“Most of the protein is found in the egg white. However, be sure not to skimp on the yolk as this is where vitamin D, healthy fats, and other essential nutrients are stored,” Helfferich says.

According to Harvard University, your protein needs depend on your weight. (To find out how much you’re best off getting, take your weight in pounds and multiply it by 0.36.) For a 125-pound person, for example, 45 g of protein per day would meet that threshold.

But that’s not all this kitchen staple offers: Eggs are also packed with essential nutrients like vitamin B12, omega-3 fatty acids, and — perhaps most notably — vitamin D. “Very few foods naturally contain vitamin D, which is important for bone, immune, and muscular health,” says Kelly Jones, RD, a board-certified sports dietitian in Philadelphia, Pennsylvania. A single large egg provides 1 microgram (mcg), or 6 percent of your DV of vitamin D, according to the National Institutes of Health (NIH).

Eggs are also an excellent source of choline (1 egg offers 169 milligrams, or 31 percent of the DV), an essential nutrient that supports memory, mood, muscle control, and other brain and nervous system functions, notes the USDA. "Like vitamin D, many people don’t obtain enough choline,” Jones says. “It’s especially important for pregnant and nursing women to [get choline to] aid in the healthy brain development of the fetus,” she adds.

Here are 10 creative egg recipes to make for breakfast, lunch, or dinner this week.


10 Creative Ways to Enjoy Eggs for Breakfast, Lunch, and Dinner

Eggs are a nutritious and versatile food, making them a no-brainer addition to any meal. Here are several ways to incorporate eggs into your day.

With eggs at your disposal, you can easily whip up a quick meal any time of day.

When you need a filling, nutritious food in a pinch, look no further than eggs. Whether scrambled, hard-boiled, or poached, you can fit eggs into practically any meal.

“Eggs are a great option for breakfast, lunch, and dinner because they are versatile, budget-friendly, and add protein to any meal,” says Rachel Helfferich, a registered dietitian nutritionist in Chicago. One large egg provides roughly 6 grams (g) of protein, according to estimates from the US Department of Agriculture (USDA).

“Most of the protein is found in the egg white. However, be sure not to skimp on the yolk as this is where vitamin D, healthy fats, and other essential nutrients are stored,” Helfferich says.

According to Harvard University, your protein needs depend on your weight. (To find out how much you’re best off getting, take your weight in pounds and multiply it by 0.36.) For a 125-pound person, for example, 45 g of protein per day would meet that threshold.

But that’s not all this kitchen staple offers: Eggs are also packed with essential nutrients like vitamin B12, omega-3 fatty acids, and — perhaps most notably — vitamin D. “Very few foods naturally contain vitamin D, which is important for bone, immune, and muscular health,” says Kelly Jones, RD, a board-certified sports dietitian in Philadelphia, Pennsylvania. A single large egg provides 1 microgram (mcg), or 6 percent of your DV of vitamin D, according to the National Institutes of Health (NIH).

Eggs are also an excellent source of choline (1 egg offers 169 milligrams, or 31 percent of the DV), an essential nutrient that supports memory, mood, muscle control, and other brain and nervous system functions, notes the USDA. "Like vitamin D, many people don’t obtain enough choline,” Jones says. “It’s especially important for pregnant and nursing women to [get choline to] aid in the healthy brain development of the fetus,” she adds.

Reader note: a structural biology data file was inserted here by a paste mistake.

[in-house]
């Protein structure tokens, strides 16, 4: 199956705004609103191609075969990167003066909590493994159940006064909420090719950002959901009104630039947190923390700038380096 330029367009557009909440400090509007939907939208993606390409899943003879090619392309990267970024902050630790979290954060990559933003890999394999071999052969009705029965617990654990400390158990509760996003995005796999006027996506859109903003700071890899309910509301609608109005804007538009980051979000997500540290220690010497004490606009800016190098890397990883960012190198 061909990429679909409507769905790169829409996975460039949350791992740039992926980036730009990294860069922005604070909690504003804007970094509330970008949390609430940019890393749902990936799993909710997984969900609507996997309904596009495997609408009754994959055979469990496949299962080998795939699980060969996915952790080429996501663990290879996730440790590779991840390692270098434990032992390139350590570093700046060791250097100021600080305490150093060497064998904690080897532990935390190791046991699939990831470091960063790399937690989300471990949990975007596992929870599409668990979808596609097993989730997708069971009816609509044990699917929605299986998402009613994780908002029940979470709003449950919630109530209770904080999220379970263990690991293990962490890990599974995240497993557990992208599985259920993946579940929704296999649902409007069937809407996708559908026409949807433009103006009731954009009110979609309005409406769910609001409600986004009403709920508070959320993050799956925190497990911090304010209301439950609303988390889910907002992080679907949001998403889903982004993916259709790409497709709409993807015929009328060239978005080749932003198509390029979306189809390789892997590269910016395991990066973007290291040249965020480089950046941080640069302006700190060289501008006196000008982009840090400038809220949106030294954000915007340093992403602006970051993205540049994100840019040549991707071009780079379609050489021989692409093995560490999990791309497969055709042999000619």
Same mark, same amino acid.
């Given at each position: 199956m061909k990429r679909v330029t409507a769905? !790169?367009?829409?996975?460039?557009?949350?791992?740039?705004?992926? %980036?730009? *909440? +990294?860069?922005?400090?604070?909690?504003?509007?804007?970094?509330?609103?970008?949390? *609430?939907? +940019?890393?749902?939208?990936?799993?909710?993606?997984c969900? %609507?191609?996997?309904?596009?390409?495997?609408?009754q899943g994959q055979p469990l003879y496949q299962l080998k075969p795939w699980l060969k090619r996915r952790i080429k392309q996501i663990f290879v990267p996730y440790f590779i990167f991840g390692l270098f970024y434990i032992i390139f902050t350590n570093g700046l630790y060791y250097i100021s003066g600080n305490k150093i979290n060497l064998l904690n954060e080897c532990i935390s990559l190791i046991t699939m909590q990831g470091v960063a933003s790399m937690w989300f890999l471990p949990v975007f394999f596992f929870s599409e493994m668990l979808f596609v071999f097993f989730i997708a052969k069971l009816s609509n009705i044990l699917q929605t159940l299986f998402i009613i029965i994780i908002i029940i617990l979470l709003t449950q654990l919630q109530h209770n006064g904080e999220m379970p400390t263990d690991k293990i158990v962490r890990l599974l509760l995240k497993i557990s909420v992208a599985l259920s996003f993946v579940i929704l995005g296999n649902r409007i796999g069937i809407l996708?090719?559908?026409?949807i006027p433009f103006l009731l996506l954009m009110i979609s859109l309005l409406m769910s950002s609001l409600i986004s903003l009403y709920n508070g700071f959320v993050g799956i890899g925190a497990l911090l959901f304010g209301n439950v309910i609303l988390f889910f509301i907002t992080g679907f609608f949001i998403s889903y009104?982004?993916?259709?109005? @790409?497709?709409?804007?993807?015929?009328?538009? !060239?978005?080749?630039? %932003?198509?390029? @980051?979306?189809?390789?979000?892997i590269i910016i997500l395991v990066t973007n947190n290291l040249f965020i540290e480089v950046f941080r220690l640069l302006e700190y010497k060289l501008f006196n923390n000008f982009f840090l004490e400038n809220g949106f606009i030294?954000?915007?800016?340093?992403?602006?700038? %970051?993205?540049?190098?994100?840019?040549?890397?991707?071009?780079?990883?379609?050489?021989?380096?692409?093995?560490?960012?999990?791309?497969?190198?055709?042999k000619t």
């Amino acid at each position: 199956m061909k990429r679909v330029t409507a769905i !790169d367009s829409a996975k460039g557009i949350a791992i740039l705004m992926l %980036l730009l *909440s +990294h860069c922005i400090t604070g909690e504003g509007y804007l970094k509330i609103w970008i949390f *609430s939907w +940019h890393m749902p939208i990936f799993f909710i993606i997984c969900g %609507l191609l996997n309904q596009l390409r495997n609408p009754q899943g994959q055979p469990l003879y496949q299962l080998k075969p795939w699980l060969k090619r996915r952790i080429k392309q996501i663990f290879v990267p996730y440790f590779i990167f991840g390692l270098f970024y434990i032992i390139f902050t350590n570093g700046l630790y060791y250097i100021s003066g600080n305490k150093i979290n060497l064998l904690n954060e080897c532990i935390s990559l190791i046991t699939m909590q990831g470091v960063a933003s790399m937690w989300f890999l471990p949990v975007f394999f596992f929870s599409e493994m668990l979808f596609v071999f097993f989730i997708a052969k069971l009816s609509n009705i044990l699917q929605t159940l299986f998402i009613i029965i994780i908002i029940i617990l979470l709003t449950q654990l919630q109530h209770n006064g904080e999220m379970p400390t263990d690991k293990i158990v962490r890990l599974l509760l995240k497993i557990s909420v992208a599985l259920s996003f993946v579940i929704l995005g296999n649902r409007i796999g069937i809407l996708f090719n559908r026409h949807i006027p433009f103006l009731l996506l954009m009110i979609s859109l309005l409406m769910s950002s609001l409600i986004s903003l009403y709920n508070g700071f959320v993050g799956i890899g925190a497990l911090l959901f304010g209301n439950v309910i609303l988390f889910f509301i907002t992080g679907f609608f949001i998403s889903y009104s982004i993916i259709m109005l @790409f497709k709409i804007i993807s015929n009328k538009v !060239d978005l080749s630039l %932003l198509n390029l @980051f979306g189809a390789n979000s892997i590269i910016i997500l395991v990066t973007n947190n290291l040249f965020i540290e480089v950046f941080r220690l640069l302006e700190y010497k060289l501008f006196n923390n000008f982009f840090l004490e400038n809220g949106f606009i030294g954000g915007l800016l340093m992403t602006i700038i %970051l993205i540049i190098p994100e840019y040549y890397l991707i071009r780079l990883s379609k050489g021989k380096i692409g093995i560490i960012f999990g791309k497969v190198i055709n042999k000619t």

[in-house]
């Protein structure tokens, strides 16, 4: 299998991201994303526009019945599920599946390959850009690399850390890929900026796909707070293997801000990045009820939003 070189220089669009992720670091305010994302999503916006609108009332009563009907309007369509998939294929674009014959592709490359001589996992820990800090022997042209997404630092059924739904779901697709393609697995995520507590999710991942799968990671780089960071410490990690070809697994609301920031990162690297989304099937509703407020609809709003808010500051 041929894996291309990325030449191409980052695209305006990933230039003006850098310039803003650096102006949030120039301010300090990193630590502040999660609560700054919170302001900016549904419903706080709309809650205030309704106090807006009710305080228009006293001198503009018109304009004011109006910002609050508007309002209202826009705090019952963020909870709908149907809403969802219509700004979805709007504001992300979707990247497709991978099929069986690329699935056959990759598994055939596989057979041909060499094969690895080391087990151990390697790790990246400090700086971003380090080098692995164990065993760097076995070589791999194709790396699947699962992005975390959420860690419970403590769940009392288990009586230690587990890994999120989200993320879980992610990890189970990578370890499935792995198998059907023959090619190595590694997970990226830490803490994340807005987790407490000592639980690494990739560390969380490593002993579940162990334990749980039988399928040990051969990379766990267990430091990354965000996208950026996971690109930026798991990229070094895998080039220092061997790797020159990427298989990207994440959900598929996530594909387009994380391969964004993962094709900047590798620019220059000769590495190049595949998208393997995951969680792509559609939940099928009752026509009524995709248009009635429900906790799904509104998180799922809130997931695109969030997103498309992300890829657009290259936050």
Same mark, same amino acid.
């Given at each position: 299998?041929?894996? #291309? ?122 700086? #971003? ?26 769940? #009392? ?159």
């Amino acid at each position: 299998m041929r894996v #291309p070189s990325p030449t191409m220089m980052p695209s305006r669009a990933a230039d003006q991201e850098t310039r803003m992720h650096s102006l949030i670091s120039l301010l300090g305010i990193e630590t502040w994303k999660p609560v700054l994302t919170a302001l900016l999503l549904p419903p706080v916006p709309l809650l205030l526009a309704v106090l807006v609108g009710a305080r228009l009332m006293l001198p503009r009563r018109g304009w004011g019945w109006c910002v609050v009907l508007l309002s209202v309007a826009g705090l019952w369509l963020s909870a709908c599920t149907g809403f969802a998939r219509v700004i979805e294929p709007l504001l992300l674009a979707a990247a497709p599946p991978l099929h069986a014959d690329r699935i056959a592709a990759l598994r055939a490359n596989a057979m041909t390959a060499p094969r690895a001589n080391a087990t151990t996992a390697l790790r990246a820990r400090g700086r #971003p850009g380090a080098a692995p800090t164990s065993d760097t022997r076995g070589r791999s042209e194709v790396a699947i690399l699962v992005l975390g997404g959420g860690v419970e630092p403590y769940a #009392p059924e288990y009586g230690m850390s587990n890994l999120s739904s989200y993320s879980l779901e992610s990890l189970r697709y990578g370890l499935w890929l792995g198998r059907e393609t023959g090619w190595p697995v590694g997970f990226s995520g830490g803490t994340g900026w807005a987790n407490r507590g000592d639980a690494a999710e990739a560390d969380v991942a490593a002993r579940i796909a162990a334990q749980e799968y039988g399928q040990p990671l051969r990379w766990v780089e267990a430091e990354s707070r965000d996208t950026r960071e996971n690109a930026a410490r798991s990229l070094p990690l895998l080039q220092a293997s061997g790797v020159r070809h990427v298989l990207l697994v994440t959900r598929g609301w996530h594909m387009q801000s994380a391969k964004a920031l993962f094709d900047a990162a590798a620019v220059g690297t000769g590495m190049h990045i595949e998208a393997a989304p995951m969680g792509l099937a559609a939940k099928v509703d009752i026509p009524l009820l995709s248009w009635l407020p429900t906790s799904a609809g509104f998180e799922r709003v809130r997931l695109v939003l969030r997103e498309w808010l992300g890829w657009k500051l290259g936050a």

Here are 10 creative egg recipes to make for breakfast, lunch, or dinner this week.


10 Creative Ways to Enjoy Eggs for Breakfast, Lunch, and Dinner

Eggs are a nutritious and versatile food, making them a no-brainer addition to any meal. Here are several ways to incorporate eggs into your day.

With eggs at your disposal, you can easily whip up a quick meal any time of day.

When you need a filling, nutritious food in a pinch, look no further than eggs. Whether scrambled, hard-boiled, or poached, you can fit eggs into practically any meal.

“Eggs are a great option for breakfast, lunch, and dinner because they are versatile, budget-friendly, and add protein to any meal,” says Rachel Helfferich, a registered dietitian nutritionist in Chicago. One large egg provides roughly 6 grams (g) of protein, according to estimates from the US Department of Agriculture (USDA).

“Most of the protein is found in the egg white. However, be sure not to skimp on the yolk as this is where vitamin D, healthy fats, and other essential nutrients are stored,” Helfferich says.

According to Harvard University, your protein needs depend on your weight. (To find out how much you’re best off getting, take your weight in pounds and multiply it by 0.36.) For a 125-pound person, for example, 45 g of protein per day would meet that threshold.

But that’s not all this kitchen staple offers: Eggs are also packed with essential nutrients like vitamin B12, omega-3 fatty acids, and — perhaps most notably — vitamin D. “Very few foods naturally contain vitamin D, which is important for bone, immune, and muscular health,” says Kelly Jones, RD, a board-certified sports dietitian in Philadelphia, Pennsylvania. A single large egg provides 1 microgram (mcg), or 6 percent of your DV of vitamin D, according to the National Institutes of Health (NIH).

Eggs are also an excellent source of choline (1 egg offers 169 milligrams, or 31 percent of the DV), an essential nutrient that supports memory, mood, muscle control, and other brain and nervous system functions, notes the USDA. "Like vitamin D, many people don’t obtain enough choline,” Jones says. “It’s especially important for pregnant and nursing women to [get choline to] aid in the healthy brain development of the fetus,” she adds.

Here are 10 creative egg recipes to make for breakfast, lunch, or dinner this week.